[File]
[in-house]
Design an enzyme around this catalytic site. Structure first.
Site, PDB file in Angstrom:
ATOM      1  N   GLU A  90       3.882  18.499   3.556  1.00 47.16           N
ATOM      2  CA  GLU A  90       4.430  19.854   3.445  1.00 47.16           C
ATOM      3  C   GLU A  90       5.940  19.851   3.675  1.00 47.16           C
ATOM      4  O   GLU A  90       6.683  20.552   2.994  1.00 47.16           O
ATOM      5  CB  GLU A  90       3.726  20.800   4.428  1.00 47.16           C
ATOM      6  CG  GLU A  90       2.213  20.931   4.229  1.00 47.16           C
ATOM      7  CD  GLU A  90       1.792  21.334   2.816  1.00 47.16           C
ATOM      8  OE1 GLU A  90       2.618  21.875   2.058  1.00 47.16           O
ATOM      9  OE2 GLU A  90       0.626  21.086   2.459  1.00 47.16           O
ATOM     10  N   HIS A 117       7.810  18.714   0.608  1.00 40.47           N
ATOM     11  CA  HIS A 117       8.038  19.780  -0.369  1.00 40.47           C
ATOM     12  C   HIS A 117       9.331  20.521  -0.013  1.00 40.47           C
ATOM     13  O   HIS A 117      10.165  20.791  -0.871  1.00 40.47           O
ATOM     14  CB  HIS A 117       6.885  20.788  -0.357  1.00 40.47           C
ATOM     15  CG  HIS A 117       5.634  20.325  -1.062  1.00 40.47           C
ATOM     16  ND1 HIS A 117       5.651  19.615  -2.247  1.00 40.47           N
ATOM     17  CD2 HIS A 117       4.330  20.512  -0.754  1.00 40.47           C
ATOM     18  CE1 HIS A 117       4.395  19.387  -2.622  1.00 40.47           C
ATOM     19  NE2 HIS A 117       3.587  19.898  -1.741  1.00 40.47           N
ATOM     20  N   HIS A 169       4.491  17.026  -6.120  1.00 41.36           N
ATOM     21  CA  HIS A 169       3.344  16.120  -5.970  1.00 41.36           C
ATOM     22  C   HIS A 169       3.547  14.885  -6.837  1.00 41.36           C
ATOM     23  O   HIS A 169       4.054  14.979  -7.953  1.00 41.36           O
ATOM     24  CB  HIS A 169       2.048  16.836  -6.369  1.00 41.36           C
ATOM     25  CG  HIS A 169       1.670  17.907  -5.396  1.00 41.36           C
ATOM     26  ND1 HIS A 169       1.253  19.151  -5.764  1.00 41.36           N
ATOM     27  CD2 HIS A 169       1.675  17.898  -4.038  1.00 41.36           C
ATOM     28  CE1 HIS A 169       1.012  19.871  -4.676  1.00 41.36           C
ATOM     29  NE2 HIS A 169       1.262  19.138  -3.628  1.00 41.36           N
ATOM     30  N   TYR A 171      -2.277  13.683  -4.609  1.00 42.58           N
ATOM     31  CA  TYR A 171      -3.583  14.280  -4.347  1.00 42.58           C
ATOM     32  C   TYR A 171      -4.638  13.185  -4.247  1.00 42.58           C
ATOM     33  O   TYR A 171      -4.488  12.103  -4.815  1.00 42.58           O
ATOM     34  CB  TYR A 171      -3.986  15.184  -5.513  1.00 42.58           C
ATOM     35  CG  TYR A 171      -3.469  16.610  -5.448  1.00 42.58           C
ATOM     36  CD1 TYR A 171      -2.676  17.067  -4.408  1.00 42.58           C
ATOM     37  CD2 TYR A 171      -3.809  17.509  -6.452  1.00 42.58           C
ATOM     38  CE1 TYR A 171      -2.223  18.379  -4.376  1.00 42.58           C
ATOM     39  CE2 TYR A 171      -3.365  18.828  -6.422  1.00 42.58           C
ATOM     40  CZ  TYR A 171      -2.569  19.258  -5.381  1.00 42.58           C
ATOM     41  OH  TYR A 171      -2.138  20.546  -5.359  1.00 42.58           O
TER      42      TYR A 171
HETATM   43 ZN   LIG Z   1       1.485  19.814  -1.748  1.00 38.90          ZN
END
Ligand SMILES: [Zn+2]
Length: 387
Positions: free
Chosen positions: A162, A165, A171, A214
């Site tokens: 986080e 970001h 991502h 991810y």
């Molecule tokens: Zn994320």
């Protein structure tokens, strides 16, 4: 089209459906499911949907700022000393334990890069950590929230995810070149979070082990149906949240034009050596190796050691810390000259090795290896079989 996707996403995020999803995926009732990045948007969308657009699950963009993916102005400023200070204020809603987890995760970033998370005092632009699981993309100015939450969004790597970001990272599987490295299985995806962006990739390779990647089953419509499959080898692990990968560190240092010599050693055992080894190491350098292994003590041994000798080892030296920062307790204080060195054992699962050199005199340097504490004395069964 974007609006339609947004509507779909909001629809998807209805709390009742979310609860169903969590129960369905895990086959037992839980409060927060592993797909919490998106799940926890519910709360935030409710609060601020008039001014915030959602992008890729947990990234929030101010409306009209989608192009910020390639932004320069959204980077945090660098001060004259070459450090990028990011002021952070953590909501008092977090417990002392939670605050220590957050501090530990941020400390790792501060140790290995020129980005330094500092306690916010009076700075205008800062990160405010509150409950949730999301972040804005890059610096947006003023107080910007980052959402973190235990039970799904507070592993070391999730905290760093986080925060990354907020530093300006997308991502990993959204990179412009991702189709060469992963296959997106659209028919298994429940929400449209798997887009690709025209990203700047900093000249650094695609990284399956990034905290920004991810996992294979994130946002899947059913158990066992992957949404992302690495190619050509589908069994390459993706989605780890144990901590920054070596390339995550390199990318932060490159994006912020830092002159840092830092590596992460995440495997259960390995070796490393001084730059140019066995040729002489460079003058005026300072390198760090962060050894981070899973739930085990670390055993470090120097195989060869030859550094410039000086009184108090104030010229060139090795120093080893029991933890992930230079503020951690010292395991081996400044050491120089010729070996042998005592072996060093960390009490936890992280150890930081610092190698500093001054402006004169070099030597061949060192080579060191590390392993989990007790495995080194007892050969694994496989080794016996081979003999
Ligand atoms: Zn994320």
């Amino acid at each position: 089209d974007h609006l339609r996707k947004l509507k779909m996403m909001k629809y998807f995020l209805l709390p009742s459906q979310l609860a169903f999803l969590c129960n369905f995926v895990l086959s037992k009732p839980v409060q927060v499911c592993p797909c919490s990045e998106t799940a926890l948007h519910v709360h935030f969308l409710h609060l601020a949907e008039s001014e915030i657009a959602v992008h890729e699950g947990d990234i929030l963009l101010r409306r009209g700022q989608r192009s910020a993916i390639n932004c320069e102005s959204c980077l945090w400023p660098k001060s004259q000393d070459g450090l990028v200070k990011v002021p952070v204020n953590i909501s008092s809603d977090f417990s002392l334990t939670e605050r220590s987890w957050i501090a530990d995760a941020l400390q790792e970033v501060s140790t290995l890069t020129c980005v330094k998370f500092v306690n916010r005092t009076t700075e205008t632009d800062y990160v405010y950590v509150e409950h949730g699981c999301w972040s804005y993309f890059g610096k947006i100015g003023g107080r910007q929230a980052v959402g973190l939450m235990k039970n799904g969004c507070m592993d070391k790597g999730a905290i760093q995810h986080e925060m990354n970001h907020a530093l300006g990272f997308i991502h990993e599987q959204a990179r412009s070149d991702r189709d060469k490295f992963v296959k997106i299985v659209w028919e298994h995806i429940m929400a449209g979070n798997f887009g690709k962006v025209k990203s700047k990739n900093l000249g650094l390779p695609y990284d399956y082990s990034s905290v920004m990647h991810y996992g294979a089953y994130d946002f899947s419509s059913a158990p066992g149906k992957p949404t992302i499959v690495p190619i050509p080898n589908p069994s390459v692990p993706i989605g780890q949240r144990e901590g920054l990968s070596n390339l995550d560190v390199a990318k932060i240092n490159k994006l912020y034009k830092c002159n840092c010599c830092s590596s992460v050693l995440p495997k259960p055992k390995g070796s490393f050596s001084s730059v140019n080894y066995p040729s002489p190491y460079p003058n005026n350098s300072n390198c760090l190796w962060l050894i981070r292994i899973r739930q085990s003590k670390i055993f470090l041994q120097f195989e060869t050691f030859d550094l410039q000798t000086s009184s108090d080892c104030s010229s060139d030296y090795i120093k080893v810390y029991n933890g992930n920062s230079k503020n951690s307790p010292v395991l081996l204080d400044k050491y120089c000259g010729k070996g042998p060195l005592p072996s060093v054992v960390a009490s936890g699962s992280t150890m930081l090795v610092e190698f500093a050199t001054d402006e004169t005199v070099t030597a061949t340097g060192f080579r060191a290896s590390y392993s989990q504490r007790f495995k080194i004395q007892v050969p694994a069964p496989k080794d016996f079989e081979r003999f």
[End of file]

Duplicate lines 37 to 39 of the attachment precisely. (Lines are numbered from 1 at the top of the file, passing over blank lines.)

ATOM     34  CB  TYR A 171      -3.986  15.184  -5.513  1.00 42.58           C
ATOM     35  CG  TYR A 171      -3.469  16.610  -5.448  1.00 42.58           C
ATOM     36  CD1 TYR A 171      -2.676  17.067  -4.408  1.00 42.58           C